Mexico's new president may investigate soldiers in missing students case

MEXICO CITY (Reuters) - Mexican President Andres Manuel Lopez Obrador set up a commission on Monday tasked with determining what happened to 43 missing and presumed killed students, which could investigate soldiers over the events in 2014 that still haunt the country.

Mexico's new President Andres Manuel Lopez Obrador holds a news conference at National Palace in Mexico City, Mexico December 3, 2018. REUTERS/Edgard Garrido

“This is a matter of state,” Lopez Obrador said at an event with parents of the missing on his first weekday in office, following his inauguration on Saturday. He offered protection to witnesses so they could safely tell their stories.

“We are not going to wash our hands of this,” he said, promising that no obstacle would prevent the truth from being revealed, and enlisting the United Nations to advise on the probe.

The abduction and suspected massacre of the 43 trainee teachers in the southwestern city of Iguala precipitated one of the worst crises of former President Enrique Pena Nieto’s government, as criticism swirled around its investigation into the case.

Monday’s announcement was attended by parents who wore shirts emblazoned with the faces of their missing children. Family members counted out until they reached “43,” and at times shouted to the president, “Don’t fail us!”

For the first time, the army could be investigated by the commission, Lopez Obrador said, a key demand of family members and experts who believe that members of the military have information about the case that remains secret.

“The investigation has to include all of the government, anyone involved,” said Lopez Obrador, including any “members of the military that might have been involved.”

Some supporters of the army have said it should not be subject to the same transparency as other parts of the government.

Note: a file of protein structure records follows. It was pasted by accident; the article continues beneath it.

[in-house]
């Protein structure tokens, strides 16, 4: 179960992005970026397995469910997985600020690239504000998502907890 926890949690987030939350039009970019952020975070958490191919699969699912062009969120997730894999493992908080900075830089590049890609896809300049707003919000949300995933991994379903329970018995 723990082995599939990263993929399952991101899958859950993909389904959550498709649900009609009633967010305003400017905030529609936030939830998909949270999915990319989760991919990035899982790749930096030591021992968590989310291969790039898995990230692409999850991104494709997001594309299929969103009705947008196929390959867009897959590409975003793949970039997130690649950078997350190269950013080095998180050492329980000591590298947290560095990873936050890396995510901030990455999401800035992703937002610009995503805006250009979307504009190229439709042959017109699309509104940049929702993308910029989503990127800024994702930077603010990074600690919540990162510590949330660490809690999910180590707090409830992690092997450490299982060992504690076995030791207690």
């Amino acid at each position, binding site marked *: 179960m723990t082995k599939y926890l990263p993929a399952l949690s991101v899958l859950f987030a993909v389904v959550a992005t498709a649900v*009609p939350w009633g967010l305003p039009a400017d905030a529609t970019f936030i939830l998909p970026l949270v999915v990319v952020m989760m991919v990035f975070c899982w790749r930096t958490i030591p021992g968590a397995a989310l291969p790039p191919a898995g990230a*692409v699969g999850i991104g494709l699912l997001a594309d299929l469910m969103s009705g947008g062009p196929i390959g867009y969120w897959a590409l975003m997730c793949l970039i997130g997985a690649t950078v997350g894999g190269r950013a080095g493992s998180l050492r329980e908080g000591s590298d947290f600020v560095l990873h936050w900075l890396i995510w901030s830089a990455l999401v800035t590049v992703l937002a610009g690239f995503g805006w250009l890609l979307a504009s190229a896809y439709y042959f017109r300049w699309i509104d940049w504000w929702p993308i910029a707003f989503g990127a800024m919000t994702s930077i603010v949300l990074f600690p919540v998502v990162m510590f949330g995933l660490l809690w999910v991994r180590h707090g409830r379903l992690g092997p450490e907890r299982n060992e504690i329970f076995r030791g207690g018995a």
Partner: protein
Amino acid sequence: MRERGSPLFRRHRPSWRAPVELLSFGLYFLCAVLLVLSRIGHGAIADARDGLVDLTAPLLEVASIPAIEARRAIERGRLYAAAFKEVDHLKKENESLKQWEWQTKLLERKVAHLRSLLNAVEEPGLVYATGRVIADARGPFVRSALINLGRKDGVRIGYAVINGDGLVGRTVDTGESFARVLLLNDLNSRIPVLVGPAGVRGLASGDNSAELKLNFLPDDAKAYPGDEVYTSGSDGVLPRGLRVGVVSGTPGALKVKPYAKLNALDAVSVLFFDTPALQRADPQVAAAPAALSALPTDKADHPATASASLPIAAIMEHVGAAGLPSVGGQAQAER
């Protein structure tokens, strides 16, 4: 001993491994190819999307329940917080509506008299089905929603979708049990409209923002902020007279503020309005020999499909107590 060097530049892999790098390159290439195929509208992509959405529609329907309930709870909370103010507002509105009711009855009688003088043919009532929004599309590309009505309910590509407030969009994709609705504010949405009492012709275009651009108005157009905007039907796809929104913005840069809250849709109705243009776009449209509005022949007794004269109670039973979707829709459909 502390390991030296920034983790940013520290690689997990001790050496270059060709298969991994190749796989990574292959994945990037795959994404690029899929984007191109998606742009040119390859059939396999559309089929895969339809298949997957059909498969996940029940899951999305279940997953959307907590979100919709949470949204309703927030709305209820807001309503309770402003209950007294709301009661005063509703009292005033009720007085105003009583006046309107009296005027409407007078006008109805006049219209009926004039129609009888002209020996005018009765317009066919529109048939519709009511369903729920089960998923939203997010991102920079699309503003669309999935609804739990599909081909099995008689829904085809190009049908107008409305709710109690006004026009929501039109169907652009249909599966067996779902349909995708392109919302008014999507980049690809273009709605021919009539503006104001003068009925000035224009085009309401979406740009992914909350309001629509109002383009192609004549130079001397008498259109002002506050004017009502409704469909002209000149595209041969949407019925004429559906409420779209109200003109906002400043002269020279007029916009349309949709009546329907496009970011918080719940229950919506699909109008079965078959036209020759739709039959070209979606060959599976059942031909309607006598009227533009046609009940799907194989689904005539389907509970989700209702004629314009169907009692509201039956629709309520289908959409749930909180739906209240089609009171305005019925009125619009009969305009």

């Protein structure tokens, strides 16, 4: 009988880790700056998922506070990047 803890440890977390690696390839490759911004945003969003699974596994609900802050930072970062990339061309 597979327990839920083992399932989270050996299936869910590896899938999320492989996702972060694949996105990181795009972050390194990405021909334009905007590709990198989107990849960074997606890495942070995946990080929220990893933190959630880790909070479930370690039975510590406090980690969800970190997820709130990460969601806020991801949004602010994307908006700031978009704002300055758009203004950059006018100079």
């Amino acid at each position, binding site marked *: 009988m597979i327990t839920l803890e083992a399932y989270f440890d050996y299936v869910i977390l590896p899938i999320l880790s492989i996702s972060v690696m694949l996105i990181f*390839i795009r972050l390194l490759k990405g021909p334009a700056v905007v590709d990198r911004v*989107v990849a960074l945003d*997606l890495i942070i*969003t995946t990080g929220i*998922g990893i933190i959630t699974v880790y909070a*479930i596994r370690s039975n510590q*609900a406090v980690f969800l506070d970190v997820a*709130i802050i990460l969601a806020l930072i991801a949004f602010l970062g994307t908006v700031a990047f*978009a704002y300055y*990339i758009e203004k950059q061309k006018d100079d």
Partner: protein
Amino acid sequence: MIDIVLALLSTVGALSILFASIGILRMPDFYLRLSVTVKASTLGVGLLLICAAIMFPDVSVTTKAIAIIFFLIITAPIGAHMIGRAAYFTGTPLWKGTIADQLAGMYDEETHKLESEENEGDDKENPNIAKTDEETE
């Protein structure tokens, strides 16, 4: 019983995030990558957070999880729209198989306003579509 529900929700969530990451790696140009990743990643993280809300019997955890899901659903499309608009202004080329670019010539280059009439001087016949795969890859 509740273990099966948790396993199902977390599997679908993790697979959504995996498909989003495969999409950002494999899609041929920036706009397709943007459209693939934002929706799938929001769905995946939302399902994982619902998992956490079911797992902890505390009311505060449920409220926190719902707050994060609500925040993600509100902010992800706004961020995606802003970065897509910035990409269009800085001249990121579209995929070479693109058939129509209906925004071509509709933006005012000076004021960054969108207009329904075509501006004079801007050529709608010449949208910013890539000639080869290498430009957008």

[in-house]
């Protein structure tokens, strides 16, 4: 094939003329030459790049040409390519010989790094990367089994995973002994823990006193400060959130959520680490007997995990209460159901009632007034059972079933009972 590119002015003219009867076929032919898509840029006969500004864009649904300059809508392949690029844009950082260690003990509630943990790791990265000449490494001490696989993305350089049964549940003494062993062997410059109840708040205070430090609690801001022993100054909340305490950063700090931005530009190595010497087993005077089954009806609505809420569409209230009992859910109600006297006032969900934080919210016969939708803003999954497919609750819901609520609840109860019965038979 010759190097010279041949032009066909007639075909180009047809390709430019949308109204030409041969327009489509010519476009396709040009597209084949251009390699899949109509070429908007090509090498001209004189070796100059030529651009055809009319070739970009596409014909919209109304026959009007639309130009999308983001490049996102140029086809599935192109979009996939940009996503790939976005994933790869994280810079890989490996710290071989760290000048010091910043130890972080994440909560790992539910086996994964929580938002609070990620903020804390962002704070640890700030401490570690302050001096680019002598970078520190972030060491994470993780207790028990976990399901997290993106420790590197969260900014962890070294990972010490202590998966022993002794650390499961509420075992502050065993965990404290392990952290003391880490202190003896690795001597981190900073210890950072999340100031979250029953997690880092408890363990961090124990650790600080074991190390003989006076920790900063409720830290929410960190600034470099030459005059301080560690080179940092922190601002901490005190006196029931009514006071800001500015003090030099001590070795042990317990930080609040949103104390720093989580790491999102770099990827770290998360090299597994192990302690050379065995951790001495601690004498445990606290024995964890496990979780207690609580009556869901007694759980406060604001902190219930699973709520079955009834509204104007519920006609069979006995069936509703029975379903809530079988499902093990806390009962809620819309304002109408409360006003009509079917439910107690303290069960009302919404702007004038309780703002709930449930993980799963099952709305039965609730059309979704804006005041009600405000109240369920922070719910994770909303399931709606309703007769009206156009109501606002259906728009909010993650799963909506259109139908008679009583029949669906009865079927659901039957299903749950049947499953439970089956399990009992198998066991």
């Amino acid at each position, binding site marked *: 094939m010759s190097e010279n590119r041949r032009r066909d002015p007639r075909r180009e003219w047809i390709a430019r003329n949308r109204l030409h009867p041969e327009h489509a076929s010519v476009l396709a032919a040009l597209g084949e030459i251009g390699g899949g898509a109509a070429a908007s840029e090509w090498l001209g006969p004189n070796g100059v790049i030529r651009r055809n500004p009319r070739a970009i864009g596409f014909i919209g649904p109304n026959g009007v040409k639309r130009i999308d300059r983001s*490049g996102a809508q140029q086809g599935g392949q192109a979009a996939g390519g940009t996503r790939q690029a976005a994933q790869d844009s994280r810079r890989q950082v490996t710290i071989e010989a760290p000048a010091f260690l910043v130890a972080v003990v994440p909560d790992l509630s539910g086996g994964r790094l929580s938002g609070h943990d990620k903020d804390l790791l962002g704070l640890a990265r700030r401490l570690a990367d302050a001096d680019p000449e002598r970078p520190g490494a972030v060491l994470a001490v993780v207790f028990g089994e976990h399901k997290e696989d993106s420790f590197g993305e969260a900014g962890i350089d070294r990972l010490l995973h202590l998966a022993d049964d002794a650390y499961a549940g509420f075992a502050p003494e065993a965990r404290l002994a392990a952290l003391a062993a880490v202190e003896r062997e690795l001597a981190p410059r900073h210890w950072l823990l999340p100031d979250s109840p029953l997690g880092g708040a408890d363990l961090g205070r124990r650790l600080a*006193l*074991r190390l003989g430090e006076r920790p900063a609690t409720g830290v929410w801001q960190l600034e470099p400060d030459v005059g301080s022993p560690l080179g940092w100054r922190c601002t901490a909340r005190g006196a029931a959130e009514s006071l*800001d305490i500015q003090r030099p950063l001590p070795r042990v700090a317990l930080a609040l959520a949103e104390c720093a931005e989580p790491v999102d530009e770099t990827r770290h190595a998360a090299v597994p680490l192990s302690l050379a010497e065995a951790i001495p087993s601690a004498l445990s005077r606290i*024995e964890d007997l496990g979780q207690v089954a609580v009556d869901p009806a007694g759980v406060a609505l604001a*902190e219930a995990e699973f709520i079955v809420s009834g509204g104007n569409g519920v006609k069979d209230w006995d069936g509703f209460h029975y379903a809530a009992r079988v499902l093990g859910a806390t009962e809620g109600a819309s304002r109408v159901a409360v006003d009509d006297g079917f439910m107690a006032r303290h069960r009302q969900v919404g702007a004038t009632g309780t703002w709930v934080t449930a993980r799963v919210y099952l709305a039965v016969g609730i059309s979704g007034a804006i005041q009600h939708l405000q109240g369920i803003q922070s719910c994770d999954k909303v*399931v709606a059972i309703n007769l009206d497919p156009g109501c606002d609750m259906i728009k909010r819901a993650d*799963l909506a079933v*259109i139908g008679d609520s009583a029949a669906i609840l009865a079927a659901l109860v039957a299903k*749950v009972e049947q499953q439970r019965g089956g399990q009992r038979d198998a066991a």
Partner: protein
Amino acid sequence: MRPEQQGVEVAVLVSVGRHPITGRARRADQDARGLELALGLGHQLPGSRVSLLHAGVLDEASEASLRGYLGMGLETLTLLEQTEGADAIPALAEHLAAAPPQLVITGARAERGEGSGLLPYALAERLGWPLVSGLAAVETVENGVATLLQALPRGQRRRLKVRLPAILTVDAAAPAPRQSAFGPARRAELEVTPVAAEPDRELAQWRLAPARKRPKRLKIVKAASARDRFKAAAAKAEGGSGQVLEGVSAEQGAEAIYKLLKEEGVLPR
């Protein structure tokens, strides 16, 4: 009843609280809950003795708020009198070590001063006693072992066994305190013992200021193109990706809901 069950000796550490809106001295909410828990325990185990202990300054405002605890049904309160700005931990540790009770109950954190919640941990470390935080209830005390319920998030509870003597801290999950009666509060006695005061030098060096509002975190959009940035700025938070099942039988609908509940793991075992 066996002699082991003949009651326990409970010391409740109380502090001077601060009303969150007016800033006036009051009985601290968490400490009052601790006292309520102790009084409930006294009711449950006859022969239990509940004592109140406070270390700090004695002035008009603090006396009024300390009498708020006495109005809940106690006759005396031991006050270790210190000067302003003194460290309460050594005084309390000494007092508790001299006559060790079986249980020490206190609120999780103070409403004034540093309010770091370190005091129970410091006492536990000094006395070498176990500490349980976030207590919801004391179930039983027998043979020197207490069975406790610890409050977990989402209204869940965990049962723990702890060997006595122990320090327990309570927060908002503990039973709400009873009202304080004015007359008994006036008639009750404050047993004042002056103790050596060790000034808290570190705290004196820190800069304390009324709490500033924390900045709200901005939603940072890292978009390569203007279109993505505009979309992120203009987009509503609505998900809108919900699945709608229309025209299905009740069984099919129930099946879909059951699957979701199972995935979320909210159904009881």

Lopez Obrador’s foreign ministry has also invited international organizations to “assist and cooperate” with the commission, including the United Nations and the Inter-American Commission on Human Rights (IACHR), which will be responsible for managing a group of independent investigators.

“This case need to be open to all investigations. There have been omissions and a lot of sloppy work,” said Angela Buitrago, a member of a group of experts named by the IACHR that said there were flaws in an earlier investigation.

According to the previous government’s assessment, the students from the all-boys teachers college in Ayotzinapa in the violent southwestern state of Guerrero were rounded up by police who handed them over to a gang that murdered them, for reasons that are unclear.

But in a report released in 2015, international experts flagged problems in the official investigation and rejected its claim that the victims were incinerated in a garbage dump.

Lopez Obrador has placed an early focus on trying to pacify Mexico, which has suffered some 200,000 murders and numerous rights violations in a war on drug cartels that began a dozen years ago.

Writing by Frank Jack Daniel; editing by David Alire Garcia; Editing by Rosalba O’Brien